The Evolution of Bartleby – Part 3
Last time Principal Artist Jeff Toney finished modeling the magic world tree, Bartleby. The 3d model we left you with doesn’t look like Bartleby just yet!
When I left off last post we had Bartleby modeled and were able to walk around him in our custom game client to make sure we liked his size and the shape of his features. Still there was one major step left to do; we had to texture him.
Textures are pictures we create to give the illusion of different materials (in this case the components of the tree) instead of the flat polygons that we had in place. Bartleby was made of bark, but he had a canopy of leaves and his eye looked more like a human eye than one carved out of wood. You might think we would start with painting the textures first, but we first must plot out where the texture will wrap around the object.
In 3d Studio Max, there is a process called UVW Mapping that lets you decide how a texture gets wrapped around an object. Think of the texture as a piece of paper that you can wrap around the object. We could draw on this piece of paper and the model would reflect that change. Like a piece of paper, you can make different shapes with this texture. A single piece of paper could be folded into anything from a cylinder to a square to just the flat paper itself. Since Bartleby was a cylinder at his basic core, we can wrap this paper around him the same way.
Notice the cylinder around Bartleby in the last picture? This is how his texture will be wrapped around him. Our next step was to unfold the piece of paper back into a flat plane. When we did that, his texture looked a lot like this.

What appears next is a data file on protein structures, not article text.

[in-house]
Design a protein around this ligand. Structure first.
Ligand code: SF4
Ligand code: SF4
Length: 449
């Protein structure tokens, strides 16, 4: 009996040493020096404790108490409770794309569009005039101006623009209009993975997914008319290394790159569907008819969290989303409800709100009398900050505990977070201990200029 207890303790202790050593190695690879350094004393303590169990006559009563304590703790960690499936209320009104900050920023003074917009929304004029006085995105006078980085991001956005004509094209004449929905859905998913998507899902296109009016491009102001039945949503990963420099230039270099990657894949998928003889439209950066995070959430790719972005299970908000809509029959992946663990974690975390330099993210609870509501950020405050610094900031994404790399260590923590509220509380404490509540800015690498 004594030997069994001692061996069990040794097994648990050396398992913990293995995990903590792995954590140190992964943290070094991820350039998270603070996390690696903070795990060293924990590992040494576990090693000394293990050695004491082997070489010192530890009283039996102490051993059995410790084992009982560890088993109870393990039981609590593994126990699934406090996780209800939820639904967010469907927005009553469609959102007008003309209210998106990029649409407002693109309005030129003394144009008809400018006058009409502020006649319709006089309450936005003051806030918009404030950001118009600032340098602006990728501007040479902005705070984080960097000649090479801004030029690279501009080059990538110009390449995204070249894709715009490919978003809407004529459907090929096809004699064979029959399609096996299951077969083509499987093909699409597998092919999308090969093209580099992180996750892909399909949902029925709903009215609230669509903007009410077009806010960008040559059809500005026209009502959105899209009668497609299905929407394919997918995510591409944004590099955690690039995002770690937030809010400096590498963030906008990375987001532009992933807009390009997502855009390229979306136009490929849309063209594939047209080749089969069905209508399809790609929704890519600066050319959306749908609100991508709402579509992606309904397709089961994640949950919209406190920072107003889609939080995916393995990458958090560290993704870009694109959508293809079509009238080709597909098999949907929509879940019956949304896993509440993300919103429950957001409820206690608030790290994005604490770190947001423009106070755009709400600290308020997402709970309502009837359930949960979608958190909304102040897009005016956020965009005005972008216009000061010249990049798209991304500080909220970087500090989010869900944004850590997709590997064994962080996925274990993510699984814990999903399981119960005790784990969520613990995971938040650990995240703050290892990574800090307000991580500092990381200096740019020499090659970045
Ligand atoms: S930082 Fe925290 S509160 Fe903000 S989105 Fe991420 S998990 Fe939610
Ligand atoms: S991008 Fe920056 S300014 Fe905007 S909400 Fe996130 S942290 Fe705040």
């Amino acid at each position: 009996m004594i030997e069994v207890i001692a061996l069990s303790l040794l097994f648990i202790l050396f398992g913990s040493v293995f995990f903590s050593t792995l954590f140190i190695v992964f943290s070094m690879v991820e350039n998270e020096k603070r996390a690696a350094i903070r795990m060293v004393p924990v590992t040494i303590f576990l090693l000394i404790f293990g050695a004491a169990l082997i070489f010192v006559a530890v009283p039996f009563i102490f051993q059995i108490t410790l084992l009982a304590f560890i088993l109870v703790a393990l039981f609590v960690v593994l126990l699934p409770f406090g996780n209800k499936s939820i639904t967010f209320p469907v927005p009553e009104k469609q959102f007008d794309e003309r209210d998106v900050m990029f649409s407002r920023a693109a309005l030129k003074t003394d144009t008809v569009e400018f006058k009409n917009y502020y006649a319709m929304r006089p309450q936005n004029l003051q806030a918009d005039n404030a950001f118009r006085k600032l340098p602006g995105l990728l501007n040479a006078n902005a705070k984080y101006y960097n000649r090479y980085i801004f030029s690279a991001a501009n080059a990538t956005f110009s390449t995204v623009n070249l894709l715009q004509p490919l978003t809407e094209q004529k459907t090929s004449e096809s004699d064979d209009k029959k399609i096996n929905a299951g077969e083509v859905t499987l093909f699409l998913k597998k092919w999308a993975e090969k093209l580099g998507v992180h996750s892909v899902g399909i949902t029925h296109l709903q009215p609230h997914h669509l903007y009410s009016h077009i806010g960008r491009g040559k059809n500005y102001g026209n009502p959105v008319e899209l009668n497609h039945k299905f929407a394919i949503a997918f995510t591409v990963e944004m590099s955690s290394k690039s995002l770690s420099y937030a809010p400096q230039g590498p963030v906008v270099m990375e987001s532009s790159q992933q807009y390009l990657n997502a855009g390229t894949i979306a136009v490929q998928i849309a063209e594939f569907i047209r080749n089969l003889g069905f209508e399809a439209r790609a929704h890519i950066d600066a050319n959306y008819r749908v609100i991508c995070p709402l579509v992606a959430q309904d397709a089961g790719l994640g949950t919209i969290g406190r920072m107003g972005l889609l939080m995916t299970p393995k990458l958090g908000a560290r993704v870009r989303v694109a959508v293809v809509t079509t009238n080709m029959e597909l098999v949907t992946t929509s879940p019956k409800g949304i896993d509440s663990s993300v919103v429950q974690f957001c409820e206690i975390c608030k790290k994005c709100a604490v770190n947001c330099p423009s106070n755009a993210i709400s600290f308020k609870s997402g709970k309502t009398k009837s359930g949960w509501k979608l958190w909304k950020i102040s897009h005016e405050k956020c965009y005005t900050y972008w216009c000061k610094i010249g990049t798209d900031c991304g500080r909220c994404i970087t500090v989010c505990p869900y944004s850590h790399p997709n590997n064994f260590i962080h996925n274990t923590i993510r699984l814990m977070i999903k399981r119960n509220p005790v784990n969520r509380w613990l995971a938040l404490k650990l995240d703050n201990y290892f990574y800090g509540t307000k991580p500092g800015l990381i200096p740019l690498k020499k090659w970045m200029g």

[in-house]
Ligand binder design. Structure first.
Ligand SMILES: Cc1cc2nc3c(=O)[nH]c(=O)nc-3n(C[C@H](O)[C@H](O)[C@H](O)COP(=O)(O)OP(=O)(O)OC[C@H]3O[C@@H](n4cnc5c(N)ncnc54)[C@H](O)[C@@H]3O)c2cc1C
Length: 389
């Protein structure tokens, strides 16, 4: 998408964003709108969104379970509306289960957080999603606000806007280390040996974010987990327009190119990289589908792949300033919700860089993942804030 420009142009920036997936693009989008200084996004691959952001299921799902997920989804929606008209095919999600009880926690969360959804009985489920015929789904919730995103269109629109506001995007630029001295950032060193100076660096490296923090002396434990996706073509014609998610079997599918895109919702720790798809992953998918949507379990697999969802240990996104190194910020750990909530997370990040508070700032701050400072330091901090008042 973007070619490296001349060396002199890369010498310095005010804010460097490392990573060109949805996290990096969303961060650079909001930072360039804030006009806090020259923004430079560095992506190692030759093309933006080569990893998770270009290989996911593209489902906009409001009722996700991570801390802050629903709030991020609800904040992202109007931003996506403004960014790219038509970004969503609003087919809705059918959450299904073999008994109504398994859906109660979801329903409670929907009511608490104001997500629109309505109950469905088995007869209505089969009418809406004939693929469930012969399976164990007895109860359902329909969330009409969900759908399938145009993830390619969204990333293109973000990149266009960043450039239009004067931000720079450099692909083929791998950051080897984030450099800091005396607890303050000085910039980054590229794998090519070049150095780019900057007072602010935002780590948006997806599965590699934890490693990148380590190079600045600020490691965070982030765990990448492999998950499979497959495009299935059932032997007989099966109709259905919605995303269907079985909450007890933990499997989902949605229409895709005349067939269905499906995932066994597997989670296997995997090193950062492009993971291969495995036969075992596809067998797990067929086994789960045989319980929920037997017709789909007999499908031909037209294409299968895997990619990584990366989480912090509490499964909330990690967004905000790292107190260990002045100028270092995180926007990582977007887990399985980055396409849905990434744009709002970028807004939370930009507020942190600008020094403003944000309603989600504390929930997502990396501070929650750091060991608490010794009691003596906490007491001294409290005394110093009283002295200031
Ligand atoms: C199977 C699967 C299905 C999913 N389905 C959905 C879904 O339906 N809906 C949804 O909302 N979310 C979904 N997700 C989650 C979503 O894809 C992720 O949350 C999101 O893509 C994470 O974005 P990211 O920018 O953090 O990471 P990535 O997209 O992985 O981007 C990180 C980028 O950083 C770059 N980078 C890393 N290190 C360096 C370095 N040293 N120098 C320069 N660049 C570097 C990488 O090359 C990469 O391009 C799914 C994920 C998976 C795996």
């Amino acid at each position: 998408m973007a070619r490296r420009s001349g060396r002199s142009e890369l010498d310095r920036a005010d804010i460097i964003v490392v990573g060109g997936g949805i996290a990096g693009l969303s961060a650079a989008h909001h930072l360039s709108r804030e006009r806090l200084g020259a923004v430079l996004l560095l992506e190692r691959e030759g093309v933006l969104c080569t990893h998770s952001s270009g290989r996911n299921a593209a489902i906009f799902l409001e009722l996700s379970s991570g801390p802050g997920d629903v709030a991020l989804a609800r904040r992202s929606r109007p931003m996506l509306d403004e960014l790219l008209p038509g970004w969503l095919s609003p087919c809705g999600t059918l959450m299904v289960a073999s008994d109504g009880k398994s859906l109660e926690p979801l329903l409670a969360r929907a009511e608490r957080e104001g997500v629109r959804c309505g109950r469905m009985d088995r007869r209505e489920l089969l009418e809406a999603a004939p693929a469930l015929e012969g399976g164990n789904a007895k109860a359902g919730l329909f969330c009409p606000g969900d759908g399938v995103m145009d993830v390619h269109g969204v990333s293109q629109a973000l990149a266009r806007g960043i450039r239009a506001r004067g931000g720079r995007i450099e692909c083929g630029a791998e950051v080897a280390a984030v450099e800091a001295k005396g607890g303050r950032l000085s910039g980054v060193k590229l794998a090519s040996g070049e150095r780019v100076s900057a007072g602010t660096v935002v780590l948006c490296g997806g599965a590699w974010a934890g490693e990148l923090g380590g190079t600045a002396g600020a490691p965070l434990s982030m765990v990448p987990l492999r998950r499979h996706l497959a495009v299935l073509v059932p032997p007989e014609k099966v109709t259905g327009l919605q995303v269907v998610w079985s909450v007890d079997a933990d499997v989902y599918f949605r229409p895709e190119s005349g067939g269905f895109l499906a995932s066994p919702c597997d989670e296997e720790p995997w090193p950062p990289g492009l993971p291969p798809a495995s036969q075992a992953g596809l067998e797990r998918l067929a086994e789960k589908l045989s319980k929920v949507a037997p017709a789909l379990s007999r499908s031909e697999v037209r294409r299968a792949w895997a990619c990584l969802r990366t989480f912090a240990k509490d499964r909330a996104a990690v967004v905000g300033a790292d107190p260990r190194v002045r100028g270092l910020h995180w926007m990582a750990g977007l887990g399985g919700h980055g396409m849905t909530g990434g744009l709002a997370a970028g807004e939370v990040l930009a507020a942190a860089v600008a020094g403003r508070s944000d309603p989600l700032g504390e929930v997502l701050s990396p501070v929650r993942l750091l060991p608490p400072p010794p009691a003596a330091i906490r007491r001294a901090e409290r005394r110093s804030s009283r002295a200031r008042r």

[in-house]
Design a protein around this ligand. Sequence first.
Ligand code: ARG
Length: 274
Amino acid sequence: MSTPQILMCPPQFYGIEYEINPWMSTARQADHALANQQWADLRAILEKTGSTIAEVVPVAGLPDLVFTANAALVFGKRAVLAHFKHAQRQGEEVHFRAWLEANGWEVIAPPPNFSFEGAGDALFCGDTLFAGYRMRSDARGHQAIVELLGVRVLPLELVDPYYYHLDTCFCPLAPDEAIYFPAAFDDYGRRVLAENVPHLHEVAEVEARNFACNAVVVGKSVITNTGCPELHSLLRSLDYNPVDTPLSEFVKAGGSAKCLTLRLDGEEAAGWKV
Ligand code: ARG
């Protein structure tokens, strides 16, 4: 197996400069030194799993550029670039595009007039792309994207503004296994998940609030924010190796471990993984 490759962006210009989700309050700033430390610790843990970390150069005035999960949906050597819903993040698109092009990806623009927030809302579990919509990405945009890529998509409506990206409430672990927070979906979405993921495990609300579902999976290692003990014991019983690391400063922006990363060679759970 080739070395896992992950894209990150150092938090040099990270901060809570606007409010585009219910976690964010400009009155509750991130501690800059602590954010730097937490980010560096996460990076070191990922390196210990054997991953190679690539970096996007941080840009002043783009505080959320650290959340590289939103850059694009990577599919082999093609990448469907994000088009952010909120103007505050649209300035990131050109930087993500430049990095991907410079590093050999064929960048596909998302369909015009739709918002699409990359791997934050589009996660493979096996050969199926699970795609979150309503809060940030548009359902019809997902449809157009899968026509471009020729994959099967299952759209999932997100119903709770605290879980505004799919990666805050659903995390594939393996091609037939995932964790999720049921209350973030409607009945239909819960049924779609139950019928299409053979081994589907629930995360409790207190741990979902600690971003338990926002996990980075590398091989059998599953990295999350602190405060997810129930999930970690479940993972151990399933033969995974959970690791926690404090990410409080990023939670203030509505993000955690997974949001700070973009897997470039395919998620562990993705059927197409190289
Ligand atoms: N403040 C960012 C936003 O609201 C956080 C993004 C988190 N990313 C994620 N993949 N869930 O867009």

This looked a bit like a jumbled mess, but this is usually how we start. Every line and vertex of the 3D Bartleby model is represented here. If you look at the bottom middle of the previous picture, you can see the outline of Bartleby’s face mesh. From this point, we could tweak and move each vertex to get a better “painting canvas” for our texture. In the end of this process, we got a texture map that looked more like this.
That is more like it. You can see his face was as big as possible in the space provided and the general bark was overlapping with itself. I then used this as a first sketch for my final texture.
I started to paint a bark texture over the whole painting. I made it a bit cartoony in style with not a lot of details at this point.
I then added shadows and highlights for his face and eye, and added some moss and grass to the polygons that touched the ground.
I finally add a layer of shadow and light and some detail bark texture to make sure he looked like a tree. For Wizard101, our texture style is cartoony with just a hint of realism. This texture was then mapped to the model that we already had and he looked like this.
That was more like it! After a few tweaks, he was then ready for an effects pass. This was done by a specialized artist who added all the small environmental animations that surrounded the tree. This included beams of sunlight, small leaves floating down, wind, rain, and anything that helped give the scene more life. After a round of effects, here was the final Bartleby as he is in the game.
I am very proud to have worked on Wizard101 for so long, and always get a kick out of walking around Ravenwood with my characters, knowing that I helped create the great, wise tree that is the center of this magical school. Thanks for taking the time to read this, and I hope it helped in showing a bit of the process of how I make art in Wizard101!